Saturday, August 27, 2016

Wild Women in Temagami - On Doing the Heavy Lifting

I had an intense dream early in the summer that stayed with me for days. I was with some men in a cabin with stacks of bunks three high. We were preparing for a canoe trip. The main leader was Indigenous, and he told me he liked how I braided my hair. I was very flattered and bashful about it. I was bundled up for the weather but couldn't find my socks. I went outside without them to sit on the rocky shore of a lake on a misty morning just cool enough to warrant a sweatshirt, and I was euphoric to be there. Jack Nicholson was there - the Five Easy Pieces version of Jack - just sitting alone, quietly enjoying the view across the lake. He was alone at a picnic table, and I was alone. I asked if he wanted to play solitaire while we waited, then laughed at what I said (because I meant a game for two - two-handed solitaire maybe). He said ‘no thanks’ and went back to looking out at the lake. I wished I had said, “gin rummy.” He might have said yes. But really I knew he just wanted to look out at the lake. And I was trying to connect because I felt like I should, not because I really wanted to. I felt awkward that we were the only people not in a pair or grouping, but he had the confidence to be totally cool with being on his own in a crowd. He was finally content with his place in the world. I joined him in silence for a moment of peace.

I typically don't heed my dreams, but this time I immediately searched and signed up for a trip after waking. I miss being on a lake, and I don't have friends that feel the same way and have the time and know-how to make it happen, so an organized adventure was the only answer. The available time slot fit neatly between obligations on my calendar.

I used to have a beautiful piece of land north of Parry Sound - 24 acres with over 1000' of waterfront on a quiet lake. An old boyfriend and I bought it in March 2005, and we built a little cabin by paddling all the supplies in across the bow decks of two canoes held together by the weight of the lumber. We had a few priceless years there with family and friends. Then in 2010, the Wednesday after Thanksgiving, shortly after succumbing to the luxury of a propane fridge, lightening hit a nearby tree sending it careening down on the cabin. It went up in smoke, leaving only the wood stove and kitchen sink as markers of what was. Luckily it was raining hard enough to save the surrounding forest. That relationship ended, and, too mournful to try to re-build, we sold the land in July 2014. I've been sick with regret ever since, and I've all but stopped canoeing. I don't seem like someone who would be teary about land, but there it is.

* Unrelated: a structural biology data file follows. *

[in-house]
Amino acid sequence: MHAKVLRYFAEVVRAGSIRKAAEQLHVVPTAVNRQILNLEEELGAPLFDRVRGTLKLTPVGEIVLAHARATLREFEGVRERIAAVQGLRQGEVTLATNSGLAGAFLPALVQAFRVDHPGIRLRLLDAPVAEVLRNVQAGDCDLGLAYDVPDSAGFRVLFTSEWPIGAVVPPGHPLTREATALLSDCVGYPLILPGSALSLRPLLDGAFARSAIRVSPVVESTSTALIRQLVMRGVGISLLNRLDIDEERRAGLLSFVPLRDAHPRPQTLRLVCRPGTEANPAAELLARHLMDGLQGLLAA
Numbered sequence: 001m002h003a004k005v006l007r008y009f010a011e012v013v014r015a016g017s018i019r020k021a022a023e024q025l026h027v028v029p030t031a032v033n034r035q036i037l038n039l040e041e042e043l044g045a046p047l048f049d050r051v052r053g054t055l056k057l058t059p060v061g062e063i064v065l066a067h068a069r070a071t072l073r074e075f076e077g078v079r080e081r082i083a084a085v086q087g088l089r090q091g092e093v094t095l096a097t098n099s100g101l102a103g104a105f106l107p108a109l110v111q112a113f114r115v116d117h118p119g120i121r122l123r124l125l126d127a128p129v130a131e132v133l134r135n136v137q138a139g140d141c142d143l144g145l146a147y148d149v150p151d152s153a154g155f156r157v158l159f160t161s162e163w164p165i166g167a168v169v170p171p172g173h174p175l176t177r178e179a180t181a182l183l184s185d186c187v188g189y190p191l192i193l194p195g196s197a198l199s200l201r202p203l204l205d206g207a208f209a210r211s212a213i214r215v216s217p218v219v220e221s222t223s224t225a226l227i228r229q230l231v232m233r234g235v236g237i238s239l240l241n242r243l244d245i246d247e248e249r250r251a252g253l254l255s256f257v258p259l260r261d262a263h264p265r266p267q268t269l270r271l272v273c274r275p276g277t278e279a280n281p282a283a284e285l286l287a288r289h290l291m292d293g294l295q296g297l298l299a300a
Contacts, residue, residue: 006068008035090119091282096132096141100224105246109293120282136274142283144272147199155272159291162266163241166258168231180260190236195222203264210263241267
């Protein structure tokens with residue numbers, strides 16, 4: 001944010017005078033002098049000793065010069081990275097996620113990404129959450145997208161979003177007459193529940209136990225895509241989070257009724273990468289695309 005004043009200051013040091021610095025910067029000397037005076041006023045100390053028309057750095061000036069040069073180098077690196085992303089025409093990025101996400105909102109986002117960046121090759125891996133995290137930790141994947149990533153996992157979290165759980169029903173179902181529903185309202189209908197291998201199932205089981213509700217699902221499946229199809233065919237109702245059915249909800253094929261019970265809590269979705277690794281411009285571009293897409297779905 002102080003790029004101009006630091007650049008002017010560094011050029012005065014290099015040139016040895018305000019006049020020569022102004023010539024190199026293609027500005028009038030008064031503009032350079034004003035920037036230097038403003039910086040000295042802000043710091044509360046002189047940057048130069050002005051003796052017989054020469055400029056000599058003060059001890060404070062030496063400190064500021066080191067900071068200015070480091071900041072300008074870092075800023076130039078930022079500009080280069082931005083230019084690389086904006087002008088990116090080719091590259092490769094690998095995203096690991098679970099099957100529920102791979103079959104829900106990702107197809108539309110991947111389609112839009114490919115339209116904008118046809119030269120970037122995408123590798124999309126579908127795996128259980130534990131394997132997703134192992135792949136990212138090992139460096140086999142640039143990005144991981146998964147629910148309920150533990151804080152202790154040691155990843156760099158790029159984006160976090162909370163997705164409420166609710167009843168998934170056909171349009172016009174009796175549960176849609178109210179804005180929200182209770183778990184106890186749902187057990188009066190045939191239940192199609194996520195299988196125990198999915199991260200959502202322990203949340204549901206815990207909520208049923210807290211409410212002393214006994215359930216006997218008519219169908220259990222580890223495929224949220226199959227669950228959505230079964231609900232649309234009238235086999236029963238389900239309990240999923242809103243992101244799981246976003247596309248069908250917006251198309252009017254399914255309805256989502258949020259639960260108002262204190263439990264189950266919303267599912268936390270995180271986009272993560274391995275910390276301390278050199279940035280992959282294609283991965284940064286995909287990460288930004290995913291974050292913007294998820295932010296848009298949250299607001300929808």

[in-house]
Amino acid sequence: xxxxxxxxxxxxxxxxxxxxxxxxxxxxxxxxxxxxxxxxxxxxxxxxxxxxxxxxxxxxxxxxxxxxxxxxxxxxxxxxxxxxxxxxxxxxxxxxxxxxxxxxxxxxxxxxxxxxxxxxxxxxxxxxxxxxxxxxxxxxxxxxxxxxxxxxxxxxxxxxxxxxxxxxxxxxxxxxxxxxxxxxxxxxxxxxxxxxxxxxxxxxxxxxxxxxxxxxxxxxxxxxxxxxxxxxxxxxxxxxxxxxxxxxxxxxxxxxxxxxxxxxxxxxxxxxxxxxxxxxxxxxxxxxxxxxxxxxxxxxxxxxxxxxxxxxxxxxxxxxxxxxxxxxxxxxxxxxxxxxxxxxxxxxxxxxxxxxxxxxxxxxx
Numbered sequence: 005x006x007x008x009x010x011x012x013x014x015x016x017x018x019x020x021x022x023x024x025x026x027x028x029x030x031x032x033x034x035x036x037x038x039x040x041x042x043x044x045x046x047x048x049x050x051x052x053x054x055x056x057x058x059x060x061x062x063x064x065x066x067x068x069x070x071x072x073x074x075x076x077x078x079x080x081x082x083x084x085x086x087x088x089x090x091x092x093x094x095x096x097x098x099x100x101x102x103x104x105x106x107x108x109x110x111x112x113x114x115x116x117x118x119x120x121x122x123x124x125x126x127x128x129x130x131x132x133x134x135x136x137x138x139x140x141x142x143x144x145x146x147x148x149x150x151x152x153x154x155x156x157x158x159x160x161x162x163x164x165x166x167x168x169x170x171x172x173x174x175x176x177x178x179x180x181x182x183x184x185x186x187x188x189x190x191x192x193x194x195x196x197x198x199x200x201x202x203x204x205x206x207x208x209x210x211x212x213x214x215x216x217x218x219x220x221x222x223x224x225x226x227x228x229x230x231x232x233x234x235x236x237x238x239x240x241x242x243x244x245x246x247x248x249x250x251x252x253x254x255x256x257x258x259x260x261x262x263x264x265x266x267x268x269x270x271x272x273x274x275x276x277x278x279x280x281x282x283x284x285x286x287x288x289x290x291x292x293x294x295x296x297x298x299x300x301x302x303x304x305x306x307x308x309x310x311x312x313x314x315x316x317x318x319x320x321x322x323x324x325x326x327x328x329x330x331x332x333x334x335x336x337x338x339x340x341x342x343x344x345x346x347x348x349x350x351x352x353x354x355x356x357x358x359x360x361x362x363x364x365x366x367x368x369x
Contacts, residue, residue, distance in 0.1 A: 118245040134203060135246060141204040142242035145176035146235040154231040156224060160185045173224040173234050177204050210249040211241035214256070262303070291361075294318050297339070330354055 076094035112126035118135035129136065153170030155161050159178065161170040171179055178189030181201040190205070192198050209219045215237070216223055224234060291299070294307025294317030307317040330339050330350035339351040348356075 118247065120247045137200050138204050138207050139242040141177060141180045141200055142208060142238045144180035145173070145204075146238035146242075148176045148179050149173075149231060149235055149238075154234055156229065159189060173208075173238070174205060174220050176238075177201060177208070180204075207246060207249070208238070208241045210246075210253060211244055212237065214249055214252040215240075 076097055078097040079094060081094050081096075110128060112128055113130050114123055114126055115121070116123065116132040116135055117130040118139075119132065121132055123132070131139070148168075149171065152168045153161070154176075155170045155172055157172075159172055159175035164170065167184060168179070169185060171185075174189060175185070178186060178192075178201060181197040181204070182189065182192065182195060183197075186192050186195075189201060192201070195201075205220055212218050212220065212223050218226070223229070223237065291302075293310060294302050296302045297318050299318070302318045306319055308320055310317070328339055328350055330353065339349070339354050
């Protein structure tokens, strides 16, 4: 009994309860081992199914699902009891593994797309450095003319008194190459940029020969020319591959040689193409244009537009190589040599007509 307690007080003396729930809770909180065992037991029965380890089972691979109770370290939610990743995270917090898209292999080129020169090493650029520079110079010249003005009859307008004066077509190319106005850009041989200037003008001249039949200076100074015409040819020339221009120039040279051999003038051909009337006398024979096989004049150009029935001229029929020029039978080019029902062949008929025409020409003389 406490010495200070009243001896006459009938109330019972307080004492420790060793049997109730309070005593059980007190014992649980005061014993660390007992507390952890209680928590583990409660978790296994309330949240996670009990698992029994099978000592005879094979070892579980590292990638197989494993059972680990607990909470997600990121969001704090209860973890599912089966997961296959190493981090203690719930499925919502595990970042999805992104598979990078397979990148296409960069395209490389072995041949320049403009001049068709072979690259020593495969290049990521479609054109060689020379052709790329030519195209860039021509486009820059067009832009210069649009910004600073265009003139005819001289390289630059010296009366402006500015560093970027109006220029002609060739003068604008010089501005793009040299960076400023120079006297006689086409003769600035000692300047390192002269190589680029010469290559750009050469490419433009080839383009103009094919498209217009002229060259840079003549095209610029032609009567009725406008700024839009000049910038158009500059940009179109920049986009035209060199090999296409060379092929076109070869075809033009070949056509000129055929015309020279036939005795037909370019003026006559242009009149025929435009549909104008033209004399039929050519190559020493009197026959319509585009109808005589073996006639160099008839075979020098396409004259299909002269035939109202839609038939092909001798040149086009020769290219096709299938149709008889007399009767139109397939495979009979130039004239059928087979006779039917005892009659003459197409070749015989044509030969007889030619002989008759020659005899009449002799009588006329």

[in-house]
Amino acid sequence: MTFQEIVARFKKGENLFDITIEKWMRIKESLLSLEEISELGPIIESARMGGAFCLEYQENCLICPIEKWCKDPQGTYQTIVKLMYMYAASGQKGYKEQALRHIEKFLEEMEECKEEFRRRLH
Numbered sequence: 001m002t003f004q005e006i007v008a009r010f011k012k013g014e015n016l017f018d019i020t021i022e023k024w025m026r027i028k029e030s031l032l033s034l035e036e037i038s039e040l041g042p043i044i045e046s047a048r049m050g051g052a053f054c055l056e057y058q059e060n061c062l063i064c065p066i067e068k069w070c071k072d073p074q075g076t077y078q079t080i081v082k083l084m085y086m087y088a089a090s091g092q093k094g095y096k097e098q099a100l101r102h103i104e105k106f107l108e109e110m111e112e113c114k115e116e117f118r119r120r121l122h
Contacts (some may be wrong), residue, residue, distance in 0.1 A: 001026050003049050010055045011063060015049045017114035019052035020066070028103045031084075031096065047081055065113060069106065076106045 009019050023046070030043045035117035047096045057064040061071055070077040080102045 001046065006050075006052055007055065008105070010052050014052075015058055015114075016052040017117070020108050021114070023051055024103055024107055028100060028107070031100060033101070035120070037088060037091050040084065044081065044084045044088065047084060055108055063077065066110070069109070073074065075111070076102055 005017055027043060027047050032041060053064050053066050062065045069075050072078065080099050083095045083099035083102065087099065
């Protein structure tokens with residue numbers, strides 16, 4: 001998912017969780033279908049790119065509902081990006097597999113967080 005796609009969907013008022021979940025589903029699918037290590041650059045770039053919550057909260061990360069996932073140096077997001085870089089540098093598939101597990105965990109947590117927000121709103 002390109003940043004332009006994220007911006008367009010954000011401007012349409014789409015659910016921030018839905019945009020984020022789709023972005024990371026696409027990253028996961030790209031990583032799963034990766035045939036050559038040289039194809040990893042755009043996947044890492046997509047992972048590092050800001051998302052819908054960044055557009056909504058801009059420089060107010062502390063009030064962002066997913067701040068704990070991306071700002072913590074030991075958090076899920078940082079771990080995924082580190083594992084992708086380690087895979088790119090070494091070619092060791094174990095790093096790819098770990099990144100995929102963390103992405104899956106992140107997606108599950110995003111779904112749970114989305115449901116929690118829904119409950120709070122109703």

The air is different up there. It feels like I'm breathing for real, kickstarting my airways and blood stream out of their usual grogginess. It's instantly calming to fall asleep to loons and frogs instead of the neighbour's dog barking at every passing car, and to leave our make-shift beds to see the sun just over the horizon each morning instead of checking out the world online. At home, I go days without noticing the sun or wind unless it's bothering me. Gratefulness for the beauty of our lives is closer to the surface when I'm surrounded by trees, water, and rock than by concrete, bricks, and steel.

I needed to get out there again, but I couldn't possibly go alone. I've been on backcountry canoe trips with every guy I've ever dated, but only with guys I've dated. They've always taken the lead, picking me up in the car with the canoe already on the roof racks. I've never chanced on friends who will take me tripping; I typically gravitate to friends who drink. Can't it be both?

I didn't go looking for a women-only trip; it just best fit my schedule. But that women-only element added a pivotal dimension to the experience beyond being comfortable changing outside the tent. If men are there, they'll often offer to do the heavy lifting or sometimes they'll just do it without a word, without looking around to see if they're possibly usurping an opportunity from someone. It's efficient for the strongest to do the heaviest work. But it's reminiscent of the time I played co-ed baseball and guys dove in front of me to catch the ball pretty much every time it came near me. I likely would have fumbled it or missed it entirely, and the more capable players definitely did a better job of keeping the game moving, but sometimes efficiency and ability and winning are not what's important.

Work is so rarely seen in a positive light as a means to build stamina or character. It's seen as a chore that everyone wants to avoid. But most chores can elicit a sense of personal satisfaction and accomplishment; an opportunity is squandered when we avoid them willingly or without complaint. If someone's there to take up the slack, I'll totally slack-off. But then I end up feeling like a child who needs care-taking. It's disempowering to allow yourself to be helped more than is actually necessary, yet it's so easy to slip into that comfortable place of watching others do the work. At the time it can feel like a relief, but later there's a gnawing regret, like we weren't really on the same journey after all.